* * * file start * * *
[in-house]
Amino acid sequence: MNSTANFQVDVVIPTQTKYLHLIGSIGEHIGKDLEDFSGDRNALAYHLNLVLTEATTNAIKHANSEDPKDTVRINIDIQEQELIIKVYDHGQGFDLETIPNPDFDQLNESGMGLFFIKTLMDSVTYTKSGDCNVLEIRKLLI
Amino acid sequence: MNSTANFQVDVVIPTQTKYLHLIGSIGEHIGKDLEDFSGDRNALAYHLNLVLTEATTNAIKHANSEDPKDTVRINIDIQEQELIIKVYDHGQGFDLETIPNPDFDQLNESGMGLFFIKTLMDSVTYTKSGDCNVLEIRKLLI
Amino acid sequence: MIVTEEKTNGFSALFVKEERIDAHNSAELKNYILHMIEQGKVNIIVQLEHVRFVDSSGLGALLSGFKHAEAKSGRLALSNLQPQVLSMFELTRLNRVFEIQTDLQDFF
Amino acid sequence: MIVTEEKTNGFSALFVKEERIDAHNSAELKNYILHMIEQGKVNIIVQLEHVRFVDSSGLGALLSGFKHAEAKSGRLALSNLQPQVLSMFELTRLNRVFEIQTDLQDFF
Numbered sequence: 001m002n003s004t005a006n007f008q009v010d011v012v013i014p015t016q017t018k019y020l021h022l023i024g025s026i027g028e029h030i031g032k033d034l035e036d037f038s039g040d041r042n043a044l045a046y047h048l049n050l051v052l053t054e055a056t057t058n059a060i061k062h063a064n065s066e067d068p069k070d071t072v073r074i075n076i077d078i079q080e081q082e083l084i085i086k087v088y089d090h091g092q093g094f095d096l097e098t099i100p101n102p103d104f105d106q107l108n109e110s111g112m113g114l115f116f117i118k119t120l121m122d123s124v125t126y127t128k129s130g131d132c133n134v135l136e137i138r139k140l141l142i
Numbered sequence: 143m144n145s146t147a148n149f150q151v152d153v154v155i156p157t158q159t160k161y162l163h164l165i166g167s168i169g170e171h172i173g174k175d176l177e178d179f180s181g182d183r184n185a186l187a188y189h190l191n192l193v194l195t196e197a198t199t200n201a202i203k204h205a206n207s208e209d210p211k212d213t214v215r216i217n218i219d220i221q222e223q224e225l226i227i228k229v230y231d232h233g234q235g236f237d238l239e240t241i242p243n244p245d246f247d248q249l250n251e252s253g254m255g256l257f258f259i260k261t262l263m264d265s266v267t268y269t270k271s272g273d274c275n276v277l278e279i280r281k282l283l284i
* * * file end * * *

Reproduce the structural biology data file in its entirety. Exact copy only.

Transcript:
[in-house]
Amino acid sequence: MNSTANFQVDVVIPTQTKYLHLIGSIGEHIGKDLEDFSGDRNALAYHLNLVLTEATTNAIKHANSEDPKDTVRINIDIQEQELIIKVYDHGQGFDLETIPNPDFDQLNESGMGLFFIKTLMDSVTYTKSGDCNVLEIRKLLI
Amino acid sequence: MNSTANFQVDVVIPTQTKYLHLIGSIGEHIGKDLEDFSGDRNALAYHLNLVLTEATTNAIKHANSEDPKDTVRINIDIQEQELIIKVYDHGQGFDLETIPNPDFDQLNESGMGLFFIKTLMDSVTYTKSGDCNVLEIRKLLI
Amino acid sequence: MIVTEEKTNGFSALFVKEERIDAHNSAELKNYILHMIEQGKVNIIVQLEHVRFVDSSGLGALLSGFKHAEAKSGRLALSNLQPQVLSMFELTRLNRVFEIQTDLQDFF
Amino acid sequence: MIVTEEKTNGFSALFVKEERIDAHNSAELKNYILHMIEQGKVNIIVQLEHVRFVDSSGLGALLSGFKHAEAKSGRLALSNLQPQVLSMFELTRLNRVFEIQTDLQDFF
Numbered sequence: 001m002n003s004t005a006n007f008q009v010d011v012v013i014p015t016q017t018k019y020l021h022l023i024g025s026i027g028e029h030i031g032k033d034l035e036d037f038s039g040d041r042n043a044l045a046y047h048l049n050l051v052l053t054e055a056t057t058n059a060i061k062h063a064n065s066e067d068p069k070d071t072v073r074i075n076i077d078i079q080e081q082e083l084i085i086k087v088y089d090h091g092q093g094f095d096l097e098t099i100p101n102p103d104f105d106q107l108n109e110s111g112m113g114l115f116f117i118k119t120l121m122d123s124v125t126y127t128k129s130g131d132c133n134v135l136e137i138r139k140l141l142i
Numbered sequence: 143m144n145s146t147a148n149f150q151v152d153v154v155i156p157t158q159t160k161y162l163h164l165i166g167s168i169g170e171h172i173g174k175d176l177e178d179f180s181g182d183r184n185a186l187a188y189h190l191n192l193v194l195t196e197a198t199t200n201a202i203k204h205a206n207s208e209d210p211k212d213t214v215r216i217n218i219d220i221q222e223q224e225l226i227i228k229v230y231d232h233g234q235g236f237d238l239e240t241i242p243n244p245d246f247d248q249l250n251e252s253g254m255g256l257f258f259i260k261t262l263m264d265s266v267t268y269t270k271s272g273d274c275n276v277l278e279i280r281k282l283l284i